Thursday, September 27, 2012

Shiseido- Inoui (Vintage Perfume)



Inoui, a long-gone 1976-born  Shiseido perfume, is a breathtaking green pine chypre. This alone should tell you a lot about what Inoui is like: green, chilly, possessing a certain 1970s crisp elegance (obviously not everyone was wearing bad pants and polyester shirts while disco dancing and smelling of drugstore musk). Inoui predates the reign of Serge Lutens over Shiseido, so don't expect the signature style of Uncle Serge.

Instead, Inoui is cool and almost aloof (but not quite). It opens up green and coniferous. There's a chill in the air, like an early morning or twilight hour by a lake surrounded by evergreens- Japanese pines, maybe. The outdoorsy feel becomes less apparent as the darker and more bitter green note of galbanum appears on the scene. It might be just my association of galbanum with the likes of Chanel No. 19 and its more urban connotations, but I do feel a change in the landscape as Inoui develops on skin.

The aloofness I mentioned above is reversed in the heart notes. I couldn't put my finger (or nose) on the cause of the sudden soft luminosity until I found the actual notes: it's peach! Not a fruity juicy peach, but more as an impression. A watercolor drawing of peaches in a porcelain bowl by a window open to the green yard outside. Still, throughout the journey Inoui remains strongly  smelling of evergreen. The pine needles and the resinous tree bark are very dominant, and the dry-down is woody and mossy. It takes a  meditative quality, not so much of the actual forest but more of a Japanese tokonoma where a single tree branch is on display.

Shiseido discontinued Inoui many years ago, even before the restriction on the use of oakmoss in perfume.  It's become painfully hard to find and even more painful to pay for. If you come across it give Inoui a good sniff and sigh in regret.

Notes: Galbanum, Green Notes, Cypress fruits, Lemon, Peach, Jasmine, Freesia, Thyme, Pine Needles, Cedarwood, Myrrh, Civet, Oakmoss.

See also these reviews on Perfume Shrine and Yesterday's Perfume.

Art: Princesses Presenting Young Pines by Totoya Hokkei, 19th century.

7 comments:

  1. I really loved this fragrance and also they had another fragrance in a purple bottle that I cannot remember the name of and loved. I used to sell Shiseido in the 80's when Serge Lutens was the creative director - it's changed alot since then.

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  2. "not everyone was wearing bad pants and polyester shirts while disco dancing and smelling of drugstore musk"-Ha! that sentence describes the times perfectly. I had to laugh.

    I liked Inoui well enough, but much preferred Zen over all of Shiseido's perfumes. It is still nice; I noticed some just the other day.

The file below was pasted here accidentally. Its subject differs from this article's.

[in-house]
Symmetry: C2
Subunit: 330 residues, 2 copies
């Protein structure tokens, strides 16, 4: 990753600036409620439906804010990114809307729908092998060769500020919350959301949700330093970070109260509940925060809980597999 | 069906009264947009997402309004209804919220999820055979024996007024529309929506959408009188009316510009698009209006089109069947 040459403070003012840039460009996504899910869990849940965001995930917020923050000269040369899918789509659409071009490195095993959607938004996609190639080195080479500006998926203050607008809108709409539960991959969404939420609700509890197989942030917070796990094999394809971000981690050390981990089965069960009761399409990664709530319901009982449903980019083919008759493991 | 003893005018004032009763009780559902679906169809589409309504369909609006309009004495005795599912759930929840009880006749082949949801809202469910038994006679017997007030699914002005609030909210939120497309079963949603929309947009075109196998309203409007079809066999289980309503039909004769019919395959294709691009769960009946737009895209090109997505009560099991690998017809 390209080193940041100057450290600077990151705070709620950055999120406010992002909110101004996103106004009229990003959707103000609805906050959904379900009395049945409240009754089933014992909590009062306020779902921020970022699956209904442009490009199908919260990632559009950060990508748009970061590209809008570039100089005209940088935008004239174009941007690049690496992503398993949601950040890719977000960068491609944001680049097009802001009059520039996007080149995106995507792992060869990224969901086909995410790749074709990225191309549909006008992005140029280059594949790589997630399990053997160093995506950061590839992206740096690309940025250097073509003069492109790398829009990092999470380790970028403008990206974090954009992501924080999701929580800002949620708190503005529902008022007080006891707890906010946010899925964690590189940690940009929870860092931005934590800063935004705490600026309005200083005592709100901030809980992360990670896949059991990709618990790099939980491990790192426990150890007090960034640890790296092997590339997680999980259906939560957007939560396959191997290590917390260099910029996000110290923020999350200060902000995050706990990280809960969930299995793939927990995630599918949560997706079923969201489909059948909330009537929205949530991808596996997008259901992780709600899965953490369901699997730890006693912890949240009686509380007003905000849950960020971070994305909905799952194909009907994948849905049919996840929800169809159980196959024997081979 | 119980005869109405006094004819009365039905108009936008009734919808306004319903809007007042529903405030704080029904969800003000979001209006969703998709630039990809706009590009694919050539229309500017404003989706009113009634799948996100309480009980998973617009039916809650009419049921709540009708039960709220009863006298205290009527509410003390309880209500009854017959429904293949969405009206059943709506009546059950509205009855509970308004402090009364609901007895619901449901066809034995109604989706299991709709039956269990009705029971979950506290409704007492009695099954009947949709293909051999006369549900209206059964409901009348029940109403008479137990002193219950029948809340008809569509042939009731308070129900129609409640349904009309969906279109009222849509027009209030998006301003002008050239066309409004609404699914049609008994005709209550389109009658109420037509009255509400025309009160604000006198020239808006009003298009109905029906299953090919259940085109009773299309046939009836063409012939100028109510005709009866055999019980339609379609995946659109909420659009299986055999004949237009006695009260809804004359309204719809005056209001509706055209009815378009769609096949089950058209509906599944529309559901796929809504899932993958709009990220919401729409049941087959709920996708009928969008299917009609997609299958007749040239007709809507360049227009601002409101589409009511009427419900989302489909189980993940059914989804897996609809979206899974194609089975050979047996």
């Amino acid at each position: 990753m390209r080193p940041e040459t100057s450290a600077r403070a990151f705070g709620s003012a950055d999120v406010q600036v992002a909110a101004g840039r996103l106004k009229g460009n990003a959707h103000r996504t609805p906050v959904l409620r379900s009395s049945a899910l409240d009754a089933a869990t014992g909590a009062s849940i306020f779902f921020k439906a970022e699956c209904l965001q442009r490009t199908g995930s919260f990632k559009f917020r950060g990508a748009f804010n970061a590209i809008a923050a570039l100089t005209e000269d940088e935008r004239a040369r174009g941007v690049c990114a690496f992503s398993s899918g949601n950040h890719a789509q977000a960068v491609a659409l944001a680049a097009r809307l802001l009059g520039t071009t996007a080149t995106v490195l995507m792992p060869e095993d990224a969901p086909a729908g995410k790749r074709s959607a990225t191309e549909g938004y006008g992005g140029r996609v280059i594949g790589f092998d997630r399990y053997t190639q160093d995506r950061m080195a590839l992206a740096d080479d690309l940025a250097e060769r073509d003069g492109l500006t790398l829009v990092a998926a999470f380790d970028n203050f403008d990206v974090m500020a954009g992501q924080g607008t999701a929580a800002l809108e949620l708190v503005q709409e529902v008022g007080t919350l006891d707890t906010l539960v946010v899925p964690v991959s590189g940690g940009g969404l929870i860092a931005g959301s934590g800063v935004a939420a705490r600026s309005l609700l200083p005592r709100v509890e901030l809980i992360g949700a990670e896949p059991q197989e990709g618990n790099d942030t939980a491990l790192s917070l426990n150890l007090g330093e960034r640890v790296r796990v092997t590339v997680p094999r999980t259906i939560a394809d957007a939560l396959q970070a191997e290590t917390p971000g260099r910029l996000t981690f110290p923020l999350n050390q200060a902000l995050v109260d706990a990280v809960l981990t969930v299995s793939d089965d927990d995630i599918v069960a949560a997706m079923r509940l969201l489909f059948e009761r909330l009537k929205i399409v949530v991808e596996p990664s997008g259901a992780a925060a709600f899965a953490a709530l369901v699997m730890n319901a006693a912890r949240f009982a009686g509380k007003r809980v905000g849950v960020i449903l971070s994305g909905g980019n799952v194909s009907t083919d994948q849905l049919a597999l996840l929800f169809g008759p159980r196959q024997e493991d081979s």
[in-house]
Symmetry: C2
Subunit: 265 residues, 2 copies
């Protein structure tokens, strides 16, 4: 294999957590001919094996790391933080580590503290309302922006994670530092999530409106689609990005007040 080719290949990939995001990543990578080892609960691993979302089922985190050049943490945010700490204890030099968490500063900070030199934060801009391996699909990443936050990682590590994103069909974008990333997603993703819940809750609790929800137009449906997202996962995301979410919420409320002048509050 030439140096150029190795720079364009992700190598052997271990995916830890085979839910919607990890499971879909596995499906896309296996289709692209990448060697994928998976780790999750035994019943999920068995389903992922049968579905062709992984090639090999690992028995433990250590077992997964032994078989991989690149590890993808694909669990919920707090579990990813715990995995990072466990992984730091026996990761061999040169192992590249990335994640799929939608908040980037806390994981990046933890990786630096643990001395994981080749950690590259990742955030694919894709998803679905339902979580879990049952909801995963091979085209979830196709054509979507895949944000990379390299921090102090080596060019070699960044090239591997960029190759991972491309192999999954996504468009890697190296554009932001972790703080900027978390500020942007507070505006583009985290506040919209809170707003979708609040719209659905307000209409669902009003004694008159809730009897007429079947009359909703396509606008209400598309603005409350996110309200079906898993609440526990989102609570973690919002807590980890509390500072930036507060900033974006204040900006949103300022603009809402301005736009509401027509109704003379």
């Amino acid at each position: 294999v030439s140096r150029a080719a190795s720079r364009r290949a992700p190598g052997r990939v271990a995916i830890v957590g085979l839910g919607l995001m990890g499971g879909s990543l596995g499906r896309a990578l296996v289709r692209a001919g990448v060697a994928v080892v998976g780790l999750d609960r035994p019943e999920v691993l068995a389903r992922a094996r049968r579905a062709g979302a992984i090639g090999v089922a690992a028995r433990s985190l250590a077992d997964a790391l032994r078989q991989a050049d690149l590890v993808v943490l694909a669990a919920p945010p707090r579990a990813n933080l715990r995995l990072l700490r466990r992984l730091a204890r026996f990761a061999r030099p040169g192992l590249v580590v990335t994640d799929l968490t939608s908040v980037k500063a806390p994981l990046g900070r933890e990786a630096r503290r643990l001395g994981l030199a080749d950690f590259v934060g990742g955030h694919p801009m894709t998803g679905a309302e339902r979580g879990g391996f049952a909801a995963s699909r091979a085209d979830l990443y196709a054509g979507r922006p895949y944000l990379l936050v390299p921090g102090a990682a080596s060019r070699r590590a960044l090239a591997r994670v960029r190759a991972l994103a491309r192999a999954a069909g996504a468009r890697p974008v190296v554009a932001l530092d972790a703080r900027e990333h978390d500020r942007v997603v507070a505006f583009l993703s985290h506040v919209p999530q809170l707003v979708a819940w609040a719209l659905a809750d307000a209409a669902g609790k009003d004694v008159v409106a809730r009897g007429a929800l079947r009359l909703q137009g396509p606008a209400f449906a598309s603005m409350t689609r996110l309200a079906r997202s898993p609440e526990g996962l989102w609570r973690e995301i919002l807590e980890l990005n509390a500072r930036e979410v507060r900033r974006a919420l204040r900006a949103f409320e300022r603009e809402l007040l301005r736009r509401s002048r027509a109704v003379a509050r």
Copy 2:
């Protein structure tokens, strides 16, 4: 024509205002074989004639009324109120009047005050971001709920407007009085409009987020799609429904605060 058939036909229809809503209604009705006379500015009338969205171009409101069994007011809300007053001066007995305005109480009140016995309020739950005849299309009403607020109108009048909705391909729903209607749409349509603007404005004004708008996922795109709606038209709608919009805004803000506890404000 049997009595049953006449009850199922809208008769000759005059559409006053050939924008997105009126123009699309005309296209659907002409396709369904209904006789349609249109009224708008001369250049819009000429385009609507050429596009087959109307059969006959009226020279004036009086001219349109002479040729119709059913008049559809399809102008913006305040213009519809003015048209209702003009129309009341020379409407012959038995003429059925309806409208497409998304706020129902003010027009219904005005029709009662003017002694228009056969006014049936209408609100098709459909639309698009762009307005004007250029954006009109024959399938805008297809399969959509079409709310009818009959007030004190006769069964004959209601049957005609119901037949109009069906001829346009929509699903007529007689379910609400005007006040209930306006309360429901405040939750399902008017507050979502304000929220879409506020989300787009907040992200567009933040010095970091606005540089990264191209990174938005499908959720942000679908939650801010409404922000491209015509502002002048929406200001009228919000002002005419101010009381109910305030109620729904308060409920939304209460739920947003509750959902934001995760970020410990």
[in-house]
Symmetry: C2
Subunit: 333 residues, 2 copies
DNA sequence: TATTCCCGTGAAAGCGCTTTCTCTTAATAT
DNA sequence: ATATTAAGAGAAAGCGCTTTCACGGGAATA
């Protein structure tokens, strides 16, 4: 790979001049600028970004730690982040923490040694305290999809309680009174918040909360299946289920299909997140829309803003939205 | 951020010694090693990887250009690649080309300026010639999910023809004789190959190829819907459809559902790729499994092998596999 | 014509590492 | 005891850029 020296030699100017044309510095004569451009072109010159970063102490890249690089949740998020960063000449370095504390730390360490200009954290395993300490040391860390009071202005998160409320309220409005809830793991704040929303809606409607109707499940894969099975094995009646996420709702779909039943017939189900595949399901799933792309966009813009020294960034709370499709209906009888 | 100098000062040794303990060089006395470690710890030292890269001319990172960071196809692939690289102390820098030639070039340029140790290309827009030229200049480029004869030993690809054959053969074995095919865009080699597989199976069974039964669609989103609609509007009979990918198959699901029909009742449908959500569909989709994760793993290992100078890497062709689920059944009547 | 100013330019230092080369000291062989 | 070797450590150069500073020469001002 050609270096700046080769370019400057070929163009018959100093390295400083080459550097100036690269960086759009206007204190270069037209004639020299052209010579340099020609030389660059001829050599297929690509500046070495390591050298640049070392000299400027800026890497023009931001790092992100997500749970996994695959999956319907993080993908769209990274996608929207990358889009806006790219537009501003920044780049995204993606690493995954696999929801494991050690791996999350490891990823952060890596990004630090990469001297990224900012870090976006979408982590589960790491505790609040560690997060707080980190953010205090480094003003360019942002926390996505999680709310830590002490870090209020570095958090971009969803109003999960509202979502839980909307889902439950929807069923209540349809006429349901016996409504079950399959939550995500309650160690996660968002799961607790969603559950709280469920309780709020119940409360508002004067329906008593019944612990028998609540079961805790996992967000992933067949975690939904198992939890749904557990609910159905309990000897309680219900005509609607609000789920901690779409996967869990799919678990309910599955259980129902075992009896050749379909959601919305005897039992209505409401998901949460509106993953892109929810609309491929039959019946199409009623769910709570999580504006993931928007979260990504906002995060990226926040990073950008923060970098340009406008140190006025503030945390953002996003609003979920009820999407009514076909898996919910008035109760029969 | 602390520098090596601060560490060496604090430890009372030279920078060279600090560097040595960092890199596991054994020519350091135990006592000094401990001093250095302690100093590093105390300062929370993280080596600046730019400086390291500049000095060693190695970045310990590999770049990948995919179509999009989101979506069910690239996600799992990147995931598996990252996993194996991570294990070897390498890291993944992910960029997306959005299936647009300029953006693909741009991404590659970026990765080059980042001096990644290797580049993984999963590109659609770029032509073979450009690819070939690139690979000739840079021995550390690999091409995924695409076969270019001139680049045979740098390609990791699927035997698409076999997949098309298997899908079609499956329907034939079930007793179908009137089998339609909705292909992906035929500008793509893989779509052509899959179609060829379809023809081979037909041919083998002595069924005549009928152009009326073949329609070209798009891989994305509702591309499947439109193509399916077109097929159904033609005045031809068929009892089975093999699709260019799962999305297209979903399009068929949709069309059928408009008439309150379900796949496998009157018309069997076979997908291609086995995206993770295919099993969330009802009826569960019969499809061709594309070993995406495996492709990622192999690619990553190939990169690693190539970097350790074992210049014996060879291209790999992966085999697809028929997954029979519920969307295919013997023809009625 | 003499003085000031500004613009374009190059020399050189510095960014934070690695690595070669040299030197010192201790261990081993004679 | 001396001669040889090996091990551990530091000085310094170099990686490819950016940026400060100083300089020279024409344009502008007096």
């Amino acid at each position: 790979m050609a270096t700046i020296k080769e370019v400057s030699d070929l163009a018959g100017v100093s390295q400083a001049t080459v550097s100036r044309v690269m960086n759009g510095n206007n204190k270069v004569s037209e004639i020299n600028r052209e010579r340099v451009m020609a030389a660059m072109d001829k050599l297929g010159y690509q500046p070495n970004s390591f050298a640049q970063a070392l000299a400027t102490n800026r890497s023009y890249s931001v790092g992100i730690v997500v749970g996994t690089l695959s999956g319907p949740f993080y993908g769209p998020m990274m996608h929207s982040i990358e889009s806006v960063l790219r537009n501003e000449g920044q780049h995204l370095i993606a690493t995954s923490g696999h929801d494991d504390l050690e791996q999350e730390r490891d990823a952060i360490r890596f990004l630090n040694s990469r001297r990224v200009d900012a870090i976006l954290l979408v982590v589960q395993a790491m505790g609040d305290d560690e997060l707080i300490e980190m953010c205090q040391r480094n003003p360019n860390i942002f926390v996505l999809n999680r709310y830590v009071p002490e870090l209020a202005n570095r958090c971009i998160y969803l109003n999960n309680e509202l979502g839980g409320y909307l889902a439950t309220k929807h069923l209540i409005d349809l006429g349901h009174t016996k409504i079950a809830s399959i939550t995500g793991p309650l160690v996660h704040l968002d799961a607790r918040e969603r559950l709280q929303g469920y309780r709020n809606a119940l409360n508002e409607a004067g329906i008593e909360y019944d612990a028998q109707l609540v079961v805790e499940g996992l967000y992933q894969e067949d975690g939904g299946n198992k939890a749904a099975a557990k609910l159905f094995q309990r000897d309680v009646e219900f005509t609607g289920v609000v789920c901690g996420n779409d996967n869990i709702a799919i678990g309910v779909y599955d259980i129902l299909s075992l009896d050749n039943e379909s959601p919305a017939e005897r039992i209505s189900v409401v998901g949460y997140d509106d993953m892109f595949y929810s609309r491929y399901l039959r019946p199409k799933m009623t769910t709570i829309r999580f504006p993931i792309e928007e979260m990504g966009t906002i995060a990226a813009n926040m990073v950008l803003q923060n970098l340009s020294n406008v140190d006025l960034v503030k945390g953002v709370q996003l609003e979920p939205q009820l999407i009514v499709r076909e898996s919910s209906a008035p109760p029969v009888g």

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  3. Sarita-the perfume in the purple bottle is one of my all-time loves, Shiseido's Murasaki, an ethereal iris with a delicate leather/incense drydown. The new(er) clear glass bottles with the purple top are redesigned and not as beautiful to my nose.
    I was a fragrance SA back in the day and still have a bottle of the original juice. It's astoundingly beautiful. Things certainly were different back in the day; having looked back over the years, and seeing the changes to the products/ads, Serge was a genius (imho).

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  4. Hi Gaia,
    You're reviewing one scent I'd love to try someday, the top notes of cypress, peach, and freesia with a drydown of myrrh, pine, oakmoss just hits all the right bases in my book. I will have to probably sell off a body part (or two) to acquire this one.

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  5. I would like to try this scent. I love fragrances and I do collect some of them. If ever I would love the scent of this then this will be included in my collection. By the way, how much does it cost?

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  6. Brilliant review. I recently acquired a tiny, tiny bottle of Inoui. The cedar is still there, as is the pine. I get Japanese woody incense in the form of a classy 1970s perfume. I'm saving it for a cold, crisp day in San Francisco.

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  7. I loved Inoui dearly in the day, and was finally able to procure a bottle of extrait last year. The extrait is, naturally, more dense and really needs to be sprayed rather than dabbed. Testing L'Heure Mysterieuse by Cartier the other day, I was suddenly struck by the similarities between the two in feel (and even in notes), though Cartier lacks the very green and powdery-fresh/minty top of Inoui, which was much part of its magic. Still, by now I prefer Cartier's XII over the extrait - it seems almost blasphemy to admit it.

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